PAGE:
Bernie Sanders wasted little time signaling that he would stay in the race for the Democratic presidential nomination to the end –and beyond – after losing big to Hillary Clinton in Tuesday’s New York Democratic primary.
Senator Sanders, the democratic socialist from Vermont, is just coming down from a month-long high of primary and caucus victories over Clinton and a brief handshake with Pope Francis in a Vatican hotel lobby last weekend. He says his attacks on income inequality, Wall Street excesses and a corrupt campaign finance system are resonating with Democrats and independents.
Despite his 58 percent to 42 percent loss to Clinton on Tuesday, Sanders believes momentum is still on his side and that the party will come around to viewing him as the superior candidate. The voter gap might have been closer if independents were allowed to vote for Democrats or Republicans—a rule few states other than New York require.
“Today we took Secretary Clinton on in her own state of New York and we lost,” Sanders told reporters late yesterday after returning home to Burlington, Vermont. “There are five primaries next week. We think we’re going to do well.”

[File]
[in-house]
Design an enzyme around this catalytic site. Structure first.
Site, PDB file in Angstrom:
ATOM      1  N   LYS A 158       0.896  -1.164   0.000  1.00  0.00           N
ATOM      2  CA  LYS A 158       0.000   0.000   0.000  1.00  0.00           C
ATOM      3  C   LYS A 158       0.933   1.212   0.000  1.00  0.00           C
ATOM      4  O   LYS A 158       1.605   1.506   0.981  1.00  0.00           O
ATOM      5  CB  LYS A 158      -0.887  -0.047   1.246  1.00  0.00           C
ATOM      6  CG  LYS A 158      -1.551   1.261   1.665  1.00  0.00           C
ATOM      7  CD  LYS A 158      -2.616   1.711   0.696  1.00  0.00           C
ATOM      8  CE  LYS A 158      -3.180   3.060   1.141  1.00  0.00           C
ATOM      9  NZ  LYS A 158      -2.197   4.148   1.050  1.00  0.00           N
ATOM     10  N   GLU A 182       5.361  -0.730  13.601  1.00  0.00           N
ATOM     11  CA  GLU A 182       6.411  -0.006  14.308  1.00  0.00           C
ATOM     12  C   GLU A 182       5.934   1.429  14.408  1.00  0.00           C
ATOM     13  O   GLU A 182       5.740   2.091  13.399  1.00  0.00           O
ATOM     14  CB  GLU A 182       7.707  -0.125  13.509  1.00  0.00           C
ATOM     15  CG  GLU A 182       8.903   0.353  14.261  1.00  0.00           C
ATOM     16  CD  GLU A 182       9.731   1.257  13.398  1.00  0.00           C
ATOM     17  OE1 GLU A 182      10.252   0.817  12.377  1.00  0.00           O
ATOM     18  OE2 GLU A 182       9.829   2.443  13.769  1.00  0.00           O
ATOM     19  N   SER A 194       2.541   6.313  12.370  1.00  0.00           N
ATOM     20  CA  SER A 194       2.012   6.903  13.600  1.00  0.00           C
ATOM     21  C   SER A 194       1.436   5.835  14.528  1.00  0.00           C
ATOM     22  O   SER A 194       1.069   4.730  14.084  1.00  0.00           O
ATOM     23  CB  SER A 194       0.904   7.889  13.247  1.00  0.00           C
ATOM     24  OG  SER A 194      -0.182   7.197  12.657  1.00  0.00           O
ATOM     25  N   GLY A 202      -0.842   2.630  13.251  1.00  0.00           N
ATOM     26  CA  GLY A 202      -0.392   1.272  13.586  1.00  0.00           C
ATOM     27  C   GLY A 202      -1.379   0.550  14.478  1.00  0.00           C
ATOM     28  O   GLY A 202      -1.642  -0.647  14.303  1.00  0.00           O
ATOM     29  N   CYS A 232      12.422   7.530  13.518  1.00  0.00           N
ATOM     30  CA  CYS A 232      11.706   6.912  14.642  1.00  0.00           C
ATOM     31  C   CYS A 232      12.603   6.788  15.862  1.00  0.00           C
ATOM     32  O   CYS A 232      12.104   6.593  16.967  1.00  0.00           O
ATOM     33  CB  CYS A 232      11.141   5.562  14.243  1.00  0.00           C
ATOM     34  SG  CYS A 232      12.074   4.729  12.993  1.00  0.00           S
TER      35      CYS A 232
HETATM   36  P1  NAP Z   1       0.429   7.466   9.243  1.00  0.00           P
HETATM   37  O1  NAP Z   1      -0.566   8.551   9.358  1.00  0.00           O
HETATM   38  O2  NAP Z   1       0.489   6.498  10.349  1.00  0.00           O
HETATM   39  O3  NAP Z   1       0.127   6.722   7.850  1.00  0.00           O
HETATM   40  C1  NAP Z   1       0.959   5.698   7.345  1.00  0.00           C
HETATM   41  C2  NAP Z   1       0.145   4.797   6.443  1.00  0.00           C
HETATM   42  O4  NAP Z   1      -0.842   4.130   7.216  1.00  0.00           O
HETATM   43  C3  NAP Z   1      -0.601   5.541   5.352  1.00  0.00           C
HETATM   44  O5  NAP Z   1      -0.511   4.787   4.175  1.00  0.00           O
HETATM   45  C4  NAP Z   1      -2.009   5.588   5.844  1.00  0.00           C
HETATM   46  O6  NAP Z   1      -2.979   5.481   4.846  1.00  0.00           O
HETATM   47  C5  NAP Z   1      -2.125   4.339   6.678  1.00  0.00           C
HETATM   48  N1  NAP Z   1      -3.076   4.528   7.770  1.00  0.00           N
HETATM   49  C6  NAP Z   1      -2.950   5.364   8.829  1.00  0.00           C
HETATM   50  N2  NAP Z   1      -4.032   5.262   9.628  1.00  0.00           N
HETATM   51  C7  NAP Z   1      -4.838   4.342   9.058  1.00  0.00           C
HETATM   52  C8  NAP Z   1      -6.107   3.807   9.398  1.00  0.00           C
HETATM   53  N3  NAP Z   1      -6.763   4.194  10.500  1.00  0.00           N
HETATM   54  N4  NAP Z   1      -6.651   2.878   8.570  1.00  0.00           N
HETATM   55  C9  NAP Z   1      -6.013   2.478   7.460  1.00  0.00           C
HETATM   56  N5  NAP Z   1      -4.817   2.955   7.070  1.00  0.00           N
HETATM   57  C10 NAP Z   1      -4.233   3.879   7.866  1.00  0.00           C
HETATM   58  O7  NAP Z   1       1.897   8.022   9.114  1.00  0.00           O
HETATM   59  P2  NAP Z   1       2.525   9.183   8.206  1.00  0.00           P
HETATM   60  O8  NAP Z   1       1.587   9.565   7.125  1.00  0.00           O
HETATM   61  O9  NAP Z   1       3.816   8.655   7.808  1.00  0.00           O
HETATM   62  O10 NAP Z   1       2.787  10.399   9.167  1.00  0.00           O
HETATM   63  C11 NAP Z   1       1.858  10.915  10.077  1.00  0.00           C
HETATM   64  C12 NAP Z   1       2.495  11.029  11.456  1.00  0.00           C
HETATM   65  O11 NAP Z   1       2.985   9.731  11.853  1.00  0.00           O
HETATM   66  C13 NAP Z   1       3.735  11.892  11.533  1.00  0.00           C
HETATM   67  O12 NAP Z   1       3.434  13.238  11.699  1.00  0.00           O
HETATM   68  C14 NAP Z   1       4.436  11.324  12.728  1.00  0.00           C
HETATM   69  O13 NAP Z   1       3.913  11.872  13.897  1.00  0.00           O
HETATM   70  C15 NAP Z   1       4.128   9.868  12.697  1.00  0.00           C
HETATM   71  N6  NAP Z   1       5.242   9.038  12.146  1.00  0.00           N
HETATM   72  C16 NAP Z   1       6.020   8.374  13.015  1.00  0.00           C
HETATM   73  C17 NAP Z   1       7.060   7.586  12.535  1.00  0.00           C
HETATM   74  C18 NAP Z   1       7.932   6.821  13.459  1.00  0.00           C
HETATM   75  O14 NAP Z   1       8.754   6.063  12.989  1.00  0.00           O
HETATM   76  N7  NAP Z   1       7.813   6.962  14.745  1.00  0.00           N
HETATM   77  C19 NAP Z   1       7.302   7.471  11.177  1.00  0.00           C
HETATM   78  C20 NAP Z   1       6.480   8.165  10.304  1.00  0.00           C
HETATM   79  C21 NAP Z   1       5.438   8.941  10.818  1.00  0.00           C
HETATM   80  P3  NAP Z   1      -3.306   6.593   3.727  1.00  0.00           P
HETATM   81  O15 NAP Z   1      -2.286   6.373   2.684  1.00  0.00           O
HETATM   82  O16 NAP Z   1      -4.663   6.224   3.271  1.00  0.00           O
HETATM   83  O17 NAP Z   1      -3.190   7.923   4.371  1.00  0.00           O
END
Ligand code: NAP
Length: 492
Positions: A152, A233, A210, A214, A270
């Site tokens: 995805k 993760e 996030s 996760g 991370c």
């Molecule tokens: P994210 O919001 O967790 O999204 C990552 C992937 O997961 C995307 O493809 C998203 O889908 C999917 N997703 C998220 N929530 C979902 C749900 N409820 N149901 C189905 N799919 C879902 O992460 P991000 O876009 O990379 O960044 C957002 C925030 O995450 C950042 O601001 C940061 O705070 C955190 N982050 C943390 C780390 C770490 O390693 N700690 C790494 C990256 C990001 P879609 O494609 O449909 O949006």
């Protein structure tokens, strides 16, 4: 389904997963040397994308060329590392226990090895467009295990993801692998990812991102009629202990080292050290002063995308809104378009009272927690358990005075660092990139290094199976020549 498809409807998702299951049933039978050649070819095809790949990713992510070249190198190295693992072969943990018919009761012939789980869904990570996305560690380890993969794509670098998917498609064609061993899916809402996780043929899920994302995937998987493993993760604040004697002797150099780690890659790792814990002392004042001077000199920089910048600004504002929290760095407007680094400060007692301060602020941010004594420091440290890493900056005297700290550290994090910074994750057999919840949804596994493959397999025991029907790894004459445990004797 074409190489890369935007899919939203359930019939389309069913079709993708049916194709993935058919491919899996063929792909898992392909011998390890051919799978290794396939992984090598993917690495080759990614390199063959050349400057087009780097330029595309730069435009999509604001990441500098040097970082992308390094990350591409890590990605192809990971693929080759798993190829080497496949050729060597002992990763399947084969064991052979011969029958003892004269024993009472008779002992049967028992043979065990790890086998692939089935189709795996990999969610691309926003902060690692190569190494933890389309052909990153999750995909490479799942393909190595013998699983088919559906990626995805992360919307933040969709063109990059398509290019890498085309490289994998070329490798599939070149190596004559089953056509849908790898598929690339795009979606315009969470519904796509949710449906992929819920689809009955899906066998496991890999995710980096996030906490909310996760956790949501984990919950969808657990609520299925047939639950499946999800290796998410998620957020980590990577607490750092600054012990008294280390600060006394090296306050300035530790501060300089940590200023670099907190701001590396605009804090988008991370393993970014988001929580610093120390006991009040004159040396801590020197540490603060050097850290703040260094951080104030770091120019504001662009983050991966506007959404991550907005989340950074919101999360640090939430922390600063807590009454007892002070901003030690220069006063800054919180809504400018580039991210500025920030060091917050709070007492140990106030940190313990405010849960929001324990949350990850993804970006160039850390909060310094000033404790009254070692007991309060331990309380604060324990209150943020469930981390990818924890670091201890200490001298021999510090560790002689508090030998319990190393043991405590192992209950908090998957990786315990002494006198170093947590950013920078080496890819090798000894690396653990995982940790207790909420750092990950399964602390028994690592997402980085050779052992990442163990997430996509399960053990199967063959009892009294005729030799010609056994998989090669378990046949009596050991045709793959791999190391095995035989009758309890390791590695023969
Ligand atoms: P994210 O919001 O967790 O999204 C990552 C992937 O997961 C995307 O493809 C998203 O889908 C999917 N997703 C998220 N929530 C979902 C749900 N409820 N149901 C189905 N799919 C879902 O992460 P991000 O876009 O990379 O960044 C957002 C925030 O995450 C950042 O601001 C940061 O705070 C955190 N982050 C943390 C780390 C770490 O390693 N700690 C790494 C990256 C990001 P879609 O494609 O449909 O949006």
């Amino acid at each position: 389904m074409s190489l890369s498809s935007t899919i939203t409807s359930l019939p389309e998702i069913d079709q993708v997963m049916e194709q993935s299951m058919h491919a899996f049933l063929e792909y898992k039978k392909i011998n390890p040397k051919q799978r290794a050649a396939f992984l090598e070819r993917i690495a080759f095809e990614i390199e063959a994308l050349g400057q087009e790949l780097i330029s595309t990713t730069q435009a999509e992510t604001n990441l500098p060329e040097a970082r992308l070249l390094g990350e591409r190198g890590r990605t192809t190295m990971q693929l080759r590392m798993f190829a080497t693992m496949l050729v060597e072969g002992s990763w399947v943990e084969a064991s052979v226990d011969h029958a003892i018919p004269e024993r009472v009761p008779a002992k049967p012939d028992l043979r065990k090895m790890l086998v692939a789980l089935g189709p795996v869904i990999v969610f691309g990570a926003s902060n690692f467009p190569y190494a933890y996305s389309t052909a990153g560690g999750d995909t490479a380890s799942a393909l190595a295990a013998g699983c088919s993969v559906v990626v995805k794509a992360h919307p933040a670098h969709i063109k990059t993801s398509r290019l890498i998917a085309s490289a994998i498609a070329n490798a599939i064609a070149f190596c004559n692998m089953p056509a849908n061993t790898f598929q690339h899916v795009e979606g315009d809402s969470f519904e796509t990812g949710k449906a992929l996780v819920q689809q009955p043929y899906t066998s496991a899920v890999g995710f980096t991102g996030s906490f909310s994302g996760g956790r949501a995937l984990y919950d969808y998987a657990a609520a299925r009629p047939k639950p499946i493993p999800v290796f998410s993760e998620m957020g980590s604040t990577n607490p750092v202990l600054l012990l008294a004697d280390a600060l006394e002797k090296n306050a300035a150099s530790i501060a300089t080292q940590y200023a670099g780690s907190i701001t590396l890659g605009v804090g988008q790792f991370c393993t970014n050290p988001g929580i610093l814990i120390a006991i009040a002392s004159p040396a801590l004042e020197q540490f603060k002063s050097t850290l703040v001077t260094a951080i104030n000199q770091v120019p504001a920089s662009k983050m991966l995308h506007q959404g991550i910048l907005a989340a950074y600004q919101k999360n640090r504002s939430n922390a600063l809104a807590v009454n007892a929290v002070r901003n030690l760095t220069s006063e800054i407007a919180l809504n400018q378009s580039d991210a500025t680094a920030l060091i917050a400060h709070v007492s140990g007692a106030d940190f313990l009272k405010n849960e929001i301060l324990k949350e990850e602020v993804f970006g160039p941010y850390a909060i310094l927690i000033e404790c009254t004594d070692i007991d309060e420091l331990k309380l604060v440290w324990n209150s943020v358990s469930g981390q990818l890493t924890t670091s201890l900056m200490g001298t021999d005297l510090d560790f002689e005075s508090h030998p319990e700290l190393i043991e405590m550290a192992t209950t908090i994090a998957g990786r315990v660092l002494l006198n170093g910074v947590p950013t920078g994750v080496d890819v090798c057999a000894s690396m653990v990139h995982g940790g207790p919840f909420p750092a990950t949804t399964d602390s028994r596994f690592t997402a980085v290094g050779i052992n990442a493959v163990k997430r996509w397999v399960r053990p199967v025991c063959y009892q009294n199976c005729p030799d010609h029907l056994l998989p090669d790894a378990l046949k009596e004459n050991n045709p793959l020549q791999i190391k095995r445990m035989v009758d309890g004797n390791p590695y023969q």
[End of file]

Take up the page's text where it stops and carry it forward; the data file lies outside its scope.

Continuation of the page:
Even if Sanders falters again next week in Connecticut, Pennsylvania, Rhode Island, Maryland and Delaware, his campaign manager, Jeff Weaver, told MSNBC that Sanders has no plans to abandon the race. The Sanders camp hopes to cut into Clinton’s lead -- or even winning -- in Pennsylvania and Rhode Island next week, with upsets possible in some of the other states.
And he is setting his sights on Indiana and Oregon down the road, before the high-stakes primary season finale in delegate-rich California June 7.
Sanders has been increasingly combative with Clinton and the Democratic Party establishment, and has raised concerns yesterday about reports that more than 100,000 voters in Brooklyn who were unable to cast ballots, for a variety of reasons. “While I congratulate Secretary Clinton, I must say I am really concerned about the conduct of the voting process in New York today," he said.
Clinton is already about 80 percent of the way to garnering the 2,383 “pledged” and “super” delegates needed to win the nomination. She will probably be much closer to that number by next Tuesday night, when the votes from the five Northeastern and Mid-Atlantic states are finally tallied and 384 delegates are apportioned.
With a huge campaign war chest, a big TV ad budget and a highly motivated liberal base of support, Sanders is well positioned to carry his campaign against Clinton all the way to the July Democratic convention in Philadelphia. After months of relatively placid exchanges between Sanders and Clinton, the tone turned decidedly negative after Sander’s last big victory in Wisconsin April 5, and the two rivals finally took off their gloves.
Once the campaign shifted to New York, Sanders portrayed Clinton as the queen of the political establishment and himself as a revolutionary who would transform politics and a corrupt campaign finance system, while showering the middle class with free national health care, free college tuition and a raft of other costly programs that would be paid for with huge tax increases.